Travel Tips

After a year and a half of living abroad and nearly a decade of international travel, I have started a page specifically for Travel Tips and Resources. In this first post, I’m featuring simple, general tips that would be useful to someone traveling from overseas. Eventually I’ll write about specific aspects of travel, i.e. places to visit, restaurants and recommended routes. All posts about tips for travel will be added to the Travel Tips and Resources page, always easily accessible by clicking the heading instead of sorting through blog post after blog post. Please send comments or travel questions you have and I’ll respond by writing what I know on the topic.

General recommendations for Traveling in Germany 

Stay at Motel 1-We have stayed in Motel 1 in Munich, Berlin and Leipzig. They have them in most big cities. It’s a great design and has a good breakfast. The rooms are contemporary and comfortable. Bathrooms are marble. The lobby is always nice for a drink or a coffee. And for all that they are affordable, clean and reliable.


Looking for something smaller? We have used numerous times while we were driving and realized that we needed a place to stay.  I have found that in Germany you can trust the smaller family owned Penzione and Gasthöfe to be clean, nice and affordable. For example we stayed here one evening on the way home from Mainau (a trip I’ll highlight in another post.) The woman was sweet and helpful and offered a wonderful breakfast the next day. It was nothing fancy but perfect for the night. In the US I might be suspicious of little places like this but in Germany I am always sweetly surprised.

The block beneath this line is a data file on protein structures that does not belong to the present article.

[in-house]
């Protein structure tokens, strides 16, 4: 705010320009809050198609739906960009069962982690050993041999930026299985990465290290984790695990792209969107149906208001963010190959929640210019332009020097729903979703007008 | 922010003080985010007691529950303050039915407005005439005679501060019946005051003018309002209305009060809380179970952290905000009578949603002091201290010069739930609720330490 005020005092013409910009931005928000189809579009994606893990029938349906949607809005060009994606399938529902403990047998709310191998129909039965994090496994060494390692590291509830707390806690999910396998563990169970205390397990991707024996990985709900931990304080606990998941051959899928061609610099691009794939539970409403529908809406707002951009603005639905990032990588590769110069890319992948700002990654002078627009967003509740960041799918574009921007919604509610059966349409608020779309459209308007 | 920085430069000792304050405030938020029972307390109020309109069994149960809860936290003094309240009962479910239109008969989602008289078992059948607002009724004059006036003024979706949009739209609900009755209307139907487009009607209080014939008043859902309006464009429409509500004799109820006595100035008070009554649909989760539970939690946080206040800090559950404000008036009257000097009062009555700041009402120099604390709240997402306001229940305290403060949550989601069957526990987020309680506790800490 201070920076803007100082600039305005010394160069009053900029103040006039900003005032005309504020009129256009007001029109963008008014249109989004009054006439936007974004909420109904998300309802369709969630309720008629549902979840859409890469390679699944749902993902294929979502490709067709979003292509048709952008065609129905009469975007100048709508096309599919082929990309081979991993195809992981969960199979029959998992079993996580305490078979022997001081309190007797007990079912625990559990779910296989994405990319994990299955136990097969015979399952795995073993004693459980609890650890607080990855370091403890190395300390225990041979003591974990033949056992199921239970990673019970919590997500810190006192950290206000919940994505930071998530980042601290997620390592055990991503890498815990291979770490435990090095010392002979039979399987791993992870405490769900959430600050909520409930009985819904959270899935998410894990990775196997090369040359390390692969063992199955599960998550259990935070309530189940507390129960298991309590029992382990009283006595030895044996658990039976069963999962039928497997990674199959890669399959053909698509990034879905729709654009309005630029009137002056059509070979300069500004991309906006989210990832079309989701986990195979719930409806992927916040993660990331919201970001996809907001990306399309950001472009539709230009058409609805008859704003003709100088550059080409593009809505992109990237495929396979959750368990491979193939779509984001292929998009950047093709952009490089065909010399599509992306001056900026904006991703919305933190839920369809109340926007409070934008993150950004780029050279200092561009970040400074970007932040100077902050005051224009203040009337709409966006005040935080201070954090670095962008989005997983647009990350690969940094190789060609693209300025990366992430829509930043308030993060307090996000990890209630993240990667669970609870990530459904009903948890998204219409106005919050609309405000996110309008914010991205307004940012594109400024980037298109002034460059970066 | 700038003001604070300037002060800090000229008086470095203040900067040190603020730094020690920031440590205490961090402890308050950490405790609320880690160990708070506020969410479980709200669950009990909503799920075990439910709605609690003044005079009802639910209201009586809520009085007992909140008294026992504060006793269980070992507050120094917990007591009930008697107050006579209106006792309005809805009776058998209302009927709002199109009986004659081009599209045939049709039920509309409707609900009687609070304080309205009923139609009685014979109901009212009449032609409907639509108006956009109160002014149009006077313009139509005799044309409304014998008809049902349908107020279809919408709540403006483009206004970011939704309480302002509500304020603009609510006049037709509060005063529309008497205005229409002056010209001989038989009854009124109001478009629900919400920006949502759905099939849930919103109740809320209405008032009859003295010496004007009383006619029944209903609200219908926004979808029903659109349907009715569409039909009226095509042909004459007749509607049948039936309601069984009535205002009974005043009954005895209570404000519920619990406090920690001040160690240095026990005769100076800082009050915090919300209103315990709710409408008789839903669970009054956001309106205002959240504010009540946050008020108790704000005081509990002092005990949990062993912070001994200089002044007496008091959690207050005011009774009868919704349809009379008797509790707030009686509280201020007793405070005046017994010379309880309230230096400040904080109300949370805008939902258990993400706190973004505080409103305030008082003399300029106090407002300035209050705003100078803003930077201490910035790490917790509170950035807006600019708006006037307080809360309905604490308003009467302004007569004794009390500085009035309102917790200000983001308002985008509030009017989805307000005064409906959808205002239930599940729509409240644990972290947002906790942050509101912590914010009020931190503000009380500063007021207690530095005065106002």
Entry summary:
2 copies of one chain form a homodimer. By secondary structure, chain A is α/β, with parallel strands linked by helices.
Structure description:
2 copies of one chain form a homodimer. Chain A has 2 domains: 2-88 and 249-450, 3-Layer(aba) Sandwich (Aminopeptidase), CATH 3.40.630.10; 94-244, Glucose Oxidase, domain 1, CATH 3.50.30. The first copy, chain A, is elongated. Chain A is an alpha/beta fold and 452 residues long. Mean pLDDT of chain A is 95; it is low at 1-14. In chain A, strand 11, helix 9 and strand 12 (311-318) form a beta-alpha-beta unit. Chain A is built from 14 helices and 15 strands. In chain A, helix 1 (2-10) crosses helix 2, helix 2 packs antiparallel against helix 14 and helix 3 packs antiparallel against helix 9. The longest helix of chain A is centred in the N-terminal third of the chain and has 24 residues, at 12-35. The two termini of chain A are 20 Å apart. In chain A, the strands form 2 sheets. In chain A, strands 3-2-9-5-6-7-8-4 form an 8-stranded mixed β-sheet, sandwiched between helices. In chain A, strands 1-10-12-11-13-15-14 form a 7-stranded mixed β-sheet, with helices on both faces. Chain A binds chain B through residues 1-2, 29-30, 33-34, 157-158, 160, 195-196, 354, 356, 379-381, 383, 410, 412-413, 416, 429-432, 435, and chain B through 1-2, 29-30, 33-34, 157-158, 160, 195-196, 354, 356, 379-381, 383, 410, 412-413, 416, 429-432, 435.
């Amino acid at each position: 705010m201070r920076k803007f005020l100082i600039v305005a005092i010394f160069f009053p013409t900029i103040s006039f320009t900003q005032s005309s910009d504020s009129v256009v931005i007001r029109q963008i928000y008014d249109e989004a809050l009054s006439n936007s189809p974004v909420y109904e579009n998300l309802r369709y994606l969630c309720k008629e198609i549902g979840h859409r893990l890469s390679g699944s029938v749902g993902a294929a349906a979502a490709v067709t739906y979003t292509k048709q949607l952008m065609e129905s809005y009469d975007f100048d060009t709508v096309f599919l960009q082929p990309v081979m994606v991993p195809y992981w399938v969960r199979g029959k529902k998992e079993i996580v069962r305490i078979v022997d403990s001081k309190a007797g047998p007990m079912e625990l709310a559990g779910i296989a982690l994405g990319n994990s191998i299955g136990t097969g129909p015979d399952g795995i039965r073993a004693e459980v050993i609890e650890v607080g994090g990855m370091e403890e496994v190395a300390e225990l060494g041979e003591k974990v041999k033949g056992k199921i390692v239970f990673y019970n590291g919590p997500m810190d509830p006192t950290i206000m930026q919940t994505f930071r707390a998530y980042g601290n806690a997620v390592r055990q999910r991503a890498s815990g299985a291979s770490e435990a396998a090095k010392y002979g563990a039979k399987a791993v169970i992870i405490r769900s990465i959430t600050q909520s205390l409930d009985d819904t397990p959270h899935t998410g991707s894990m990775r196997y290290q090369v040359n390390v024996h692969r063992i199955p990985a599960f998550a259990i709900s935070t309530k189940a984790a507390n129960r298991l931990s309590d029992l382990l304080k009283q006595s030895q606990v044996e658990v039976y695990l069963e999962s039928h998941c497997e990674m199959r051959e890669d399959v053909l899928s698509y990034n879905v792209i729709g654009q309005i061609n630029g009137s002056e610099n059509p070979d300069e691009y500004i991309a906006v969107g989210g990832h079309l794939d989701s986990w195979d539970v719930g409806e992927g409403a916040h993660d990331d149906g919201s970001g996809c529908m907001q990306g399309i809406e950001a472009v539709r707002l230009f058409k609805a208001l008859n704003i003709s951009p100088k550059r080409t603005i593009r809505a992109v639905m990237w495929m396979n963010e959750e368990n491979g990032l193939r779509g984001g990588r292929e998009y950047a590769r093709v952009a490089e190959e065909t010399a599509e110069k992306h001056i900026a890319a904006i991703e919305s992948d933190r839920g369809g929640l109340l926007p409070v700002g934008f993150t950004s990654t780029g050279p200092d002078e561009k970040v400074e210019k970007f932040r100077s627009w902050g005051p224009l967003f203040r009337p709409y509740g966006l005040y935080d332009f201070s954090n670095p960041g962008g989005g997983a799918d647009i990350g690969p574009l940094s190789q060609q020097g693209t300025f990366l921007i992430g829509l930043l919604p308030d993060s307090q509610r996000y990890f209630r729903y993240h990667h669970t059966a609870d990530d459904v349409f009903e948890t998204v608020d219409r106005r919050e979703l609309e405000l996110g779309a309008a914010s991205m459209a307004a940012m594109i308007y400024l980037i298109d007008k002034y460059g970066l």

Rent a car from Sixt– Our favorite car rental company.  You hardly ever have to wait in line at the airport to pick up the car. Depending on the sights you are planning to see and how many people you are traveling with, a rental car can be a cheaper bet.  Also, on most highways there is no speed limit, making driving a tourist activity in its own right! And in Germany we drive on the right side of the road, so if you are American there is no adjustment needed.

Flying into Munich? If you arrive in the morning make sure you have a Weisswurst Fruhstuck with a wheat beer either at the airport or nearby. Ask them to show you how to properly skin the sausage

Flying into Nuremburg? Make sure to order a “drei im weckla” at the sausage truck right outside the airport.  Get mustard on it.

(Read the description of these delicacies here.)

Recommended Apps

City Maps 2 Go–Featured in blog post Meetings and Greetings. Great map app. Allows you to download maps ahead of time to your smart device. Does not need internet or data services to function, but uses GPS to show you where you are. I still use this app weekly if not daily.

Whatsapp-messaging app that requires less data than other services.

My taxi– Germany doesn’t have Uber but this app is great.  It has taxi drivers in your vicinity practically fighting over who can get to you fastest.

Public Transportation Specials

Public transport in Germany is notoriously timely and safe.  Unlike other places however, you must buy your ticket before you get on the train. You cannot purchase it on the train. Smart phones work for some tickets but it is always good to print your ticket and have it with you if you purchase it ahead of time.

Regional train ticket special– travel within any German state all day for one low price.

Weekend Ticket– Spend the whole weekend and travel anywhere in Germany.

Check back soon for more tips, travel itineraries and insights!